By the President of the United States of America
For more than a century, our Nation's Historically Black Colleges and Universities (HBCUs) have played a vital role in providing opportunities for excellence in higher education to millions of African American students.
Throughout their history, these institutions of higher learning persevered in the face of many obstacles, offering university degrees to African Americans at a time when most schools refused them admission. Some of our HBCUs began when society was deeply segregated; and some were founded when the Nation still permitted the scourge of slavery. The Civil War eradicated slavery in America; and the United States Supreme Court ended the racial segregation of our schools. Notwithstanding the removal of these blights from the American scene, HBCUs have remained committed to providing African American students with extraordinary educational opportunities. The HBCUs' consistent tradition of offering high-quality, academic programs has enabled their students and graduates to prosper.
The success of our HBCUs should be a source of great pride for all Americans. Almost 300,000 African Americans currently are enrolled in HBCUs, and among their graduates are Members of Congress, hundreds of elected officials, military officers, physicians, teachers, attorneys, judges, ambassadors, and business executives.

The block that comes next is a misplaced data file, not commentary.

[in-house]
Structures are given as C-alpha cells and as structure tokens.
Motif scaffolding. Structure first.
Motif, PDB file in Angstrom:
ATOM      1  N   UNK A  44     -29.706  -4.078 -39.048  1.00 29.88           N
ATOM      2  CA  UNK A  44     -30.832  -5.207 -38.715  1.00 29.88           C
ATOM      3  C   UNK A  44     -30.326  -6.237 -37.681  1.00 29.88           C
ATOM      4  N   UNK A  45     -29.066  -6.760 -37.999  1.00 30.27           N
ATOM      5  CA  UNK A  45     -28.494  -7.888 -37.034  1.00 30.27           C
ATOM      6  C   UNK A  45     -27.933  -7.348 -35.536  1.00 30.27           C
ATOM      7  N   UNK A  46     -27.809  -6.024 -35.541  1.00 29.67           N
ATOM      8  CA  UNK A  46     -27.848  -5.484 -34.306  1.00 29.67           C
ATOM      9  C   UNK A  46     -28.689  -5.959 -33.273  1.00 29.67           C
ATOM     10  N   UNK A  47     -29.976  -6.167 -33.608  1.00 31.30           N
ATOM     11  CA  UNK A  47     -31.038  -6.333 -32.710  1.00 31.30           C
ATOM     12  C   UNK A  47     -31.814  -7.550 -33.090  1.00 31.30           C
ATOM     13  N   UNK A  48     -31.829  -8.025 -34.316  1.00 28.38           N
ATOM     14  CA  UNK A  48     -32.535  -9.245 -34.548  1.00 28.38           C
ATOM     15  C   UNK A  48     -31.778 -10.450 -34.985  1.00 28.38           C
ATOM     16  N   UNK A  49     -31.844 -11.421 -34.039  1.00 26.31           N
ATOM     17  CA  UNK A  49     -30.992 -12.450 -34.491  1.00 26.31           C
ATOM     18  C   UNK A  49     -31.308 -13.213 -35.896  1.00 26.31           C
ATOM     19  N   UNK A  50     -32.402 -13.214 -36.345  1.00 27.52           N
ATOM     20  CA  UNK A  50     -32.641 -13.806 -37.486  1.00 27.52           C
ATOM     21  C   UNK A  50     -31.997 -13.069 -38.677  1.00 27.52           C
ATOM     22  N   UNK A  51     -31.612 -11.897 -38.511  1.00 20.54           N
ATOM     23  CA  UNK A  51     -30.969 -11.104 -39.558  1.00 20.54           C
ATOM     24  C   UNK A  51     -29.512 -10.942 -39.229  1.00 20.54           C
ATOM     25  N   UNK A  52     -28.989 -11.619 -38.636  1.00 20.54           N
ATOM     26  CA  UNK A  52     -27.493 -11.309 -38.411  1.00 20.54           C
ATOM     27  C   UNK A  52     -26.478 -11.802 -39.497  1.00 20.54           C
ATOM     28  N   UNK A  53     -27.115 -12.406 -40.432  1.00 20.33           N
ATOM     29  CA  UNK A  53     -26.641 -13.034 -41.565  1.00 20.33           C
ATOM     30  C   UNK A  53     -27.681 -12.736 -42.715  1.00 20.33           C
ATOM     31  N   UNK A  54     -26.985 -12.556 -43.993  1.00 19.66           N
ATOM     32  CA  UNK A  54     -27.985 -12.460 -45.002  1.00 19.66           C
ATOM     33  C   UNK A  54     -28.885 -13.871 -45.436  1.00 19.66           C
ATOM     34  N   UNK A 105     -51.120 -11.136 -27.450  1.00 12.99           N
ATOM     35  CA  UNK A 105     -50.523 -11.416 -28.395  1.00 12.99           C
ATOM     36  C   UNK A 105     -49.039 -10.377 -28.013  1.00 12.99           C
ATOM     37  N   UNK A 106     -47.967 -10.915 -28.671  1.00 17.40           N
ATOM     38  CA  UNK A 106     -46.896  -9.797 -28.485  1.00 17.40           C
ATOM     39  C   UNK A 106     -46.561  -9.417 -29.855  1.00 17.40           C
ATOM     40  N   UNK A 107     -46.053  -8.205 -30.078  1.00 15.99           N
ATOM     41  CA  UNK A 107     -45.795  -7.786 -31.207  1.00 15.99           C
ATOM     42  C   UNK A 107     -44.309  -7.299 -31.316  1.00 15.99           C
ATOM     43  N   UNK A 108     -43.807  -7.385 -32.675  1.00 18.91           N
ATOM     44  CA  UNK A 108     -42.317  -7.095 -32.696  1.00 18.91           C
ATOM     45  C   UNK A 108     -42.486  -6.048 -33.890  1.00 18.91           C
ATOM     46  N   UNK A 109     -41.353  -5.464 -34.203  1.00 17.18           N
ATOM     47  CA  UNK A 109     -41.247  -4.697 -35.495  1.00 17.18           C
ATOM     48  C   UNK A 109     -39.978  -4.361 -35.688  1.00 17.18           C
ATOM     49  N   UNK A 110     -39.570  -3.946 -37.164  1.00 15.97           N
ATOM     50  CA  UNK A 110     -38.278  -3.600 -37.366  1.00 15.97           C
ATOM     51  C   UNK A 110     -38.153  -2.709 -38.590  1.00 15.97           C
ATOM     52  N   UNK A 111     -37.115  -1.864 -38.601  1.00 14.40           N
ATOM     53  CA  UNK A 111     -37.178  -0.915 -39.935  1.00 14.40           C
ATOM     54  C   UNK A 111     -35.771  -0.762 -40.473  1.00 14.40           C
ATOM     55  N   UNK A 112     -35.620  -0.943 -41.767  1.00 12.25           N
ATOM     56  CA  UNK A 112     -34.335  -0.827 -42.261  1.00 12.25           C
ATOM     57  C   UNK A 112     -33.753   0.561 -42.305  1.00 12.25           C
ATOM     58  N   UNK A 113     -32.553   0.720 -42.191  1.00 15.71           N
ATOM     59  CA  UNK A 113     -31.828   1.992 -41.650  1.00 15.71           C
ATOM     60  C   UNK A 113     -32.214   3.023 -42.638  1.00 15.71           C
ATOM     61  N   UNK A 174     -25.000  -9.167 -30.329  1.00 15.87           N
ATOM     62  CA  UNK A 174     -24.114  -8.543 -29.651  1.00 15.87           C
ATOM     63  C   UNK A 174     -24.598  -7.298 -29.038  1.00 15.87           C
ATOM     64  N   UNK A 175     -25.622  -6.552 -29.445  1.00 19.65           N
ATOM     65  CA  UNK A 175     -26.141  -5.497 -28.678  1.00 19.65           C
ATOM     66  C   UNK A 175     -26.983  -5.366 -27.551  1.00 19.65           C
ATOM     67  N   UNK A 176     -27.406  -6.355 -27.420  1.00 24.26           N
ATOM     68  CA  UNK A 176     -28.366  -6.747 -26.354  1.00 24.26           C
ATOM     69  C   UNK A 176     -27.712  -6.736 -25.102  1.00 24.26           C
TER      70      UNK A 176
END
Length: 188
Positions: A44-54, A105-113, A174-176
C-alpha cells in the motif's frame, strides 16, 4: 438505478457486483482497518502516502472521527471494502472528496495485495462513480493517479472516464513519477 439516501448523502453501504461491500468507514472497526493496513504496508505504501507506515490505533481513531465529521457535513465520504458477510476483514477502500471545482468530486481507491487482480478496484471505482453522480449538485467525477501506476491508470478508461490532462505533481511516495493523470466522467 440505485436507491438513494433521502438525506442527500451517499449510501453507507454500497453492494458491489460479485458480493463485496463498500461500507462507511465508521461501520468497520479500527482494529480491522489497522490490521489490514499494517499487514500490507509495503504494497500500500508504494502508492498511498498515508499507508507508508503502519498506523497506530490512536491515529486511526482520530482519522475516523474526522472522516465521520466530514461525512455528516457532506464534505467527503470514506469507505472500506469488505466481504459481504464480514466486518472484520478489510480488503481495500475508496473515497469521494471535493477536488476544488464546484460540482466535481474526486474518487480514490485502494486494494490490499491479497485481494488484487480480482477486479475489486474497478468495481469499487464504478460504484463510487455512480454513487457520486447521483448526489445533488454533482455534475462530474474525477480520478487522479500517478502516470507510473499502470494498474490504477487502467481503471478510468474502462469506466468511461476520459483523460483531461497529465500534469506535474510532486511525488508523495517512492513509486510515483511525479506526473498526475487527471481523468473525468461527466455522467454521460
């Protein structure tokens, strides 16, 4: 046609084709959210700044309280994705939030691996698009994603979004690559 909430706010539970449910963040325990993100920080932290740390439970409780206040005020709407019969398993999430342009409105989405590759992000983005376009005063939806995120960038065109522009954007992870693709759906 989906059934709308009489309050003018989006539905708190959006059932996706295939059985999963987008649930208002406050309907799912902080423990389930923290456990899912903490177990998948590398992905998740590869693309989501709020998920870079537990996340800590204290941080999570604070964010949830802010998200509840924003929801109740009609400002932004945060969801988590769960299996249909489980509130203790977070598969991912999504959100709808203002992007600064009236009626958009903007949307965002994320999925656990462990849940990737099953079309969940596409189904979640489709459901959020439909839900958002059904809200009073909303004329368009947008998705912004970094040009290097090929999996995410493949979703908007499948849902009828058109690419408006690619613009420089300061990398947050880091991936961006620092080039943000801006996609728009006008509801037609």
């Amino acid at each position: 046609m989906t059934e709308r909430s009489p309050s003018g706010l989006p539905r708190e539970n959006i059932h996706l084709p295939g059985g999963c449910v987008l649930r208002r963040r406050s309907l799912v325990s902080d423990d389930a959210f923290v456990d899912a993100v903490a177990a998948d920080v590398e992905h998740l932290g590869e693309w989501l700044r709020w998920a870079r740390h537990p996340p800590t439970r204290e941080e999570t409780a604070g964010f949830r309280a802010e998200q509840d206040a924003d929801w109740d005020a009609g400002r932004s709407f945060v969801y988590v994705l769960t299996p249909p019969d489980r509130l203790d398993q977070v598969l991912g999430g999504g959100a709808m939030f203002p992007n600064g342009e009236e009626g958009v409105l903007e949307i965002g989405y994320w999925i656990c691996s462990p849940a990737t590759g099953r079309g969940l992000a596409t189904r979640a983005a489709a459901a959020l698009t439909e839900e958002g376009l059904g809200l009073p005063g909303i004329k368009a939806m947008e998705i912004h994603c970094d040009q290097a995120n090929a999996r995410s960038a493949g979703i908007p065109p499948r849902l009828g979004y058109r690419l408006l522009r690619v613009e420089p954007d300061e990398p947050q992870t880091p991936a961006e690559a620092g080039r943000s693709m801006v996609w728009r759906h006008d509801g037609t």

Committed to excellence as well as to opportunity, our HBCUs reflect the determination and spirit that are essential to achieving my Administration's goal of educational success at every level. All Americans should have opportunities to pursue the American dream. Historically Black Colleges and Universities play an essential role in providing access to that dream for African Americans, and I salute them for their continuing commitment to serving African American students.
Now, Therefore, I, George W. Bush, President of the United States of America, by virtue of the authority vested in me by the Constitution and laws of the United States, do hereby proclaim September 24 through September 30, 2001, as National Historically Black Colleges and Universities Week. I call upon the people of the United States, including government officials, educators, and administrators, to observe this week with appropriate programs, ceremonies, and activities, thereby demonstrating our appreciation of and support for these important educational institutions.
In Witness Whereof, I have hereunto set my hand this twenty-eighth day of September, in the year of our Lord two thousand one, and of the Independence of the United States of America the two hundred and twenty- sixth.
George W. Bush